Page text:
On November 8th 2016, Water Protectors and allies gathered in at the LCC to share their first-hand accounts at Standing Rock. In the discussion, Professor Ehrman provided examples of how historically, communities of color have been advocating for environmental justice. Community members, Al Eastman and Janie Pochel (both indigenous peoples), explained the growing tensions between the US government and Native Tribes not being recognized as sovereign nations. This lack of recognition has led to the construction of the Dakota Access Pipeline (DAPL), which in hand has led to the largest gathering of Indigenous Nations from across the world to set camp to protect Mother Earth. The discussion led to how technology has played such an important role, ally Michael Knudsen, shared how many major news organizations have not covered the ongoing struggle, he along with others have been documenting everyday actions. The website is called Sacred Stone Camp and gives first-hand accounts about the environmental risks and cultural threats moving crude oil presents to the Standing Rock Sioux and everyone along the pathway.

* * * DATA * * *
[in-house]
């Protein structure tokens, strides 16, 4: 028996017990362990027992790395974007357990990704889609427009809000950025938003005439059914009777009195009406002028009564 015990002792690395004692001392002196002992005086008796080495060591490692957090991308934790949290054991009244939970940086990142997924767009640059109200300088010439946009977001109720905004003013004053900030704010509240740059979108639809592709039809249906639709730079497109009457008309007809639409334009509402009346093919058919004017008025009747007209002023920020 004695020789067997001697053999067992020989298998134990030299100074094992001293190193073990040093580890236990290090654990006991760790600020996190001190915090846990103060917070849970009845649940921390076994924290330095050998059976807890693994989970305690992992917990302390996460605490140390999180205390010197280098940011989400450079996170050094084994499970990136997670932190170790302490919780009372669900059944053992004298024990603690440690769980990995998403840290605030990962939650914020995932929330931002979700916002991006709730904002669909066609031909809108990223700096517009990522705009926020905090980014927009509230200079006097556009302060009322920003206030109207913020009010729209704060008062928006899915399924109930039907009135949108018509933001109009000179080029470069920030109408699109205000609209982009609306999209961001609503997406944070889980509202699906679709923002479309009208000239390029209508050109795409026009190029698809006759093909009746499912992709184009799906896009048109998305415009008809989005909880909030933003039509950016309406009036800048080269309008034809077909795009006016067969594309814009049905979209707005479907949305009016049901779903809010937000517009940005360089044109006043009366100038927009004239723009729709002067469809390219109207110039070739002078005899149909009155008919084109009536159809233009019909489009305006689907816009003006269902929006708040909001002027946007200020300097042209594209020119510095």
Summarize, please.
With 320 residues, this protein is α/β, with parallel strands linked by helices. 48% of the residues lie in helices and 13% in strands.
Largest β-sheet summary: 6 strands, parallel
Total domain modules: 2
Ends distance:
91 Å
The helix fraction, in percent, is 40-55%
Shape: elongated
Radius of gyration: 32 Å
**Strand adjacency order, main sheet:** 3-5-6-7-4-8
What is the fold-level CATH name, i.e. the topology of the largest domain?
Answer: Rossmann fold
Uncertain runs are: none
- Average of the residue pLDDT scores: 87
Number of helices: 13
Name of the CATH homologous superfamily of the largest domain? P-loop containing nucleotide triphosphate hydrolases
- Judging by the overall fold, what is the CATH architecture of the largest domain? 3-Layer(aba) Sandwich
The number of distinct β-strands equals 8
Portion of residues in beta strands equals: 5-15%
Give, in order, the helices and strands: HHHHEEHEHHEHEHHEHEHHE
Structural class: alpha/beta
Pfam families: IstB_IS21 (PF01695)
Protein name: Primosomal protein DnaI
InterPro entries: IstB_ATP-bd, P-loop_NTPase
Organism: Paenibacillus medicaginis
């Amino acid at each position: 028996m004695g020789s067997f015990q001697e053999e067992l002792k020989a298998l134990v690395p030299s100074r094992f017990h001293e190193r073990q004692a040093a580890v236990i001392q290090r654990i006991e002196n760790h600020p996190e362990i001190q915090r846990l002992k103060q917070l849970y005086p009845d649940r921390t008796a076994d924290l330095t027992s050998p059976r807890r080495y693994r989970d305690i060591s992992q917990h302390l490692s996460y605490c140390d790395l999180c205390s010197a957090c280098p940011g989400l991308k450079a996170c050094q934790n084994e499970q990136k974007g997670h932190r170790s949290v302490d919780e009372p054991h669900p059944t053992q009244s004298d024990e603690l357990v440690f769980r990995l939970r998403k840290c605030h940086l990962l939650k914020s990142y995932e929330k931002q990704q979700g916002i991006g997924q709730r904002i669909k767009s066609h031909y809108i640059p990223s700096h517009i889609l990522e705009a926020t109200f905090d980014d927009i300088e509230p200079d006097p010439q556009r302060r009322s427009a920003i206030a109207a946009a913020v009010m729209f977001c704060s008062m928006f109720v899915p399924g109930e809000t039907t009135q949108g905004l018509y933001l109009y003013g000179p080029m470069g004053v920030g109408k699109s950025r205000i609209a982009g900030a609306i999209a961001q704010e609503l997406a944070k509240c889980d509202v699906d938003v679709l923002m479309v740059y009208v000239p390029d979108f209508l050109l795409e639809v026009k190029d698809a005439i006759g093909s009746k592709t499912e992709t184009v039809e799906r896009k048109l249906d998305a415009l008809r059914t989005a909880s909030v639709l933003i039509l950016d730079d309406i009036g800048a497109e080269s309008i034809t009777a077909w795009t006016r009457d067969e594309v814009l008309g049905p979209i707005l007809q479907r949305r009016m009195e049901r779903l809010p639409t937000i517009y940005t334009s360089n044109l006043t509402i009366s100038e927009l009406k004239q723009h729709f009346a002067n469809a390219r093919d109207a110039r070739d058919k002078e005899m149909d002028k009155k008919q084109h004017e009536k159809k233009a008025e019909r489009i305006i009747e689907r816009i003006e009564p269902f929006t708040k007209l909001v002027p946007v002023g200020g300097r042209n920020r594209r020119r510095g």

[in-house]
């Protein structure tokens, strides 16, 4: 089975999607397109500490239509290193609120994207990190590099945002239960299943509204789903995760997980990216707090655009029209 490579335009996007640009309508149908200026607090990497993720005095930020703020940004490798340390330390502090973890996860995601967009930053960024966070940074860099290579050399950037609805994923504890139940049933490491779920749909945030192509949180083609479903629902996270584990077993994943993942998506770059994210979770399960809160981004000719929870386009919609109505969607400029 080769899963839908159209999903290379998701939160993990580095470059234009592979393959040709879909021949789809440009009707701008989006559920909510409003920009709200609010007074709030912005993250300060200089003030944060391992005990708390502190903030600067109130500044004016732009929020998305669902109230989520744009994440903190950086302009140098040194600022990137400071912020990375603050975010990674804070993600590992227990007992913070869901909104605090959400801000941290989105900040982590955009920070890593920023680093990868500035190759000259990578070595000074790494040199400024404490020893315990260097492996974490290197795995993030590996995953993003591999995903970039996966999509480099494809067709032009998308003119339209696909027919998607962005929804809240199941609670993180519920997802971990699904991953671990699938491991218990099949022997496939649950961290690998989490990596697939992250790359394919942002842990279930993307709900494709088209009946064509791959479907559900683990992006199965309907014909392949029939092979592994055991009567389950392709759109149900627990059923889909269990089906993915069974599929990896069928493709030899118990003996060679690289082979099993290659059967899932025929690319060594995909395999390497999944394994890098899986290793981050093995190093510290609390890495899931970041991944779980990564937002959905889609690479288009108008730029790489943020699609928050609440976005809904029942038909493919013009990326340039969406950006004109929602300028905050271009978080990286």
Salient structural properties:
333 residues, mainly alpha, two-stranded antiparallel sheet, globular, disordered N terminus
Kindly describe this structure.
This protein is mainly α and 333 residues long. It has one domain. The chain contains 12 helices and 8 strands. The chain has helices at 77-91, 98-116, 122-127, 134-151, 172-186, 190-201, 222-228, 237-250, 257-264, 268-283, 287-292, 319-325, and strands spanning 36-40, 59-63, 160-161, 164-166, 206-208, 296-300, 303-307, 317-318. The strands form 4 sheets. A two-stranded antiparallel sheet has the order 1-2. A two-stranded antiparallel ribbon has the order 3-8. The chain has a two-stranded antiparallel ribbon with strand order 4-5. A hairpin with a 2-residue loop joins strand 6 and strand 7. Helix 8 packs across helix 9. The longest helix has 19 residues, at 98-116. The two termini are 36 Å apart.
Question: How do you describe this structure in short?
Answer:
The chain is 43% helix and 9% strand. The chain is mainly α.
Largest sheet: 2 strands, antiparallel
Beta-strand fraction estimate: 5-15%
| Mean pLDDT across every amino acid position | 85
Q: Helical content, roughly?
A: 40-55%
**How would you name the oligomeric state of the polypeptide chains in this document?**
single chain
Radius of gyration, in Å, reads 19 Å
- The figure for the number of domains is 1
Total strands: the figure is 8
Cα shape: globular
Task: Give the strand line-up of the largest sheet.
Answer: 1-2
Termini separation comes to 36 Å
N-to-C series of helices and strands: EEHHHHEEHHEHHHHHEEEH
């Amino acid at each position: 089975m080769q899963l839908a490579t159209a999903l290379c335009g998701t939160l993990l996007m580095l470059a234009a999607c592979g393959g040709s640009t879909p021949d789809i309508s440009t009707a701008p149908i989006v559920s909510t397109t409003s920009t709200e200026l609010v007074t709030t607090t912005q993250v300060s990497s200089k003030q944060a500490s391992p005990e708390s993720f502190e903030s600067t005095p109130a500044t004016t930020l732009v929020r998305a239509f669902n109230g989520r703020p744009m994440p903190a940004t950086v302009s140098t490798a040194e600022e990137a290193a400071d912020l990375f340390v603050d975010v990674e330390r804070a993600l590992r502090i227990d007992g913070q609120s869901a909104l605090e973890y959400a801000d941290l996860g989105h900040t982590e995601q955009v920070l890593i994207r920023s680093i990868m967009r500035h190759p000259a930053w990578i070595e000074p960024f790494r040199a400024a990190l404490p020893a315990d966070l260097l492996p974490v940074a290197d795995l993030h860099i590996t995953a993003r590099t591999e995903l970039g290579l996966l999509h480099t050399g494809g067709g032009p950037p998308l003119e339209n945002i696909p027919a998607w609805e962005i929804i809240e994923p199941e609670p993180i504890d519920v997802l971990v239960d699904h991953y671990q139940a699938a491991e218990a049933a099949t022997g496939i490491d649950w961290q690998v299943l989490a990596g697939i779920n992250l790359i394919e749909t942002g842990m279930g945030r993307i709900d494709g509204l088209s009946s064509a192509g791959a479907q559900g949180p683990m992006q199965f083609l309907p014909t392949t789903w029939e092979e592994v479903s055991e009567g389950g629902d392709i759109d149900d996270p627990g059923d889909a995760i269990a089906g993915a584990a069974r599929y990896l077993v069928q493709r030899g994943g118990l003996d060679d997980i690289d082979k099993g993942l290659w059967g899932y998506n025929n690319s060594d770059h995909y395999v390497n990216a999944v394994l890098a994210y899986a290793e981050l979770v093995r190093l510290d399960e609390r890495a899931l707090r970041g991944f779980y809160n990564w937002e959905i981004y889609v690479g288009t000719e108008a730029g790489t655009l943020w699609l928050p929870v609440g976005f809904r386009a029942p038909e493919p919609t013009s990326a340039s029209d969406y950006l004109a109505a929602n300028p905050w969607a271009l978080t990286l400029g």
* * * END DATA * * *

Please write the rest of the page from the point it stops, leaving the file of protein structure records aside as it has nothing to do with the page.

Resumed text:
- Sacred Stone Camp recent news: DAPL Easement Denied, but the Fight’s Not Over
- NPR article: Army Corps of Engineers Halt Construction of Dakota Pipeline!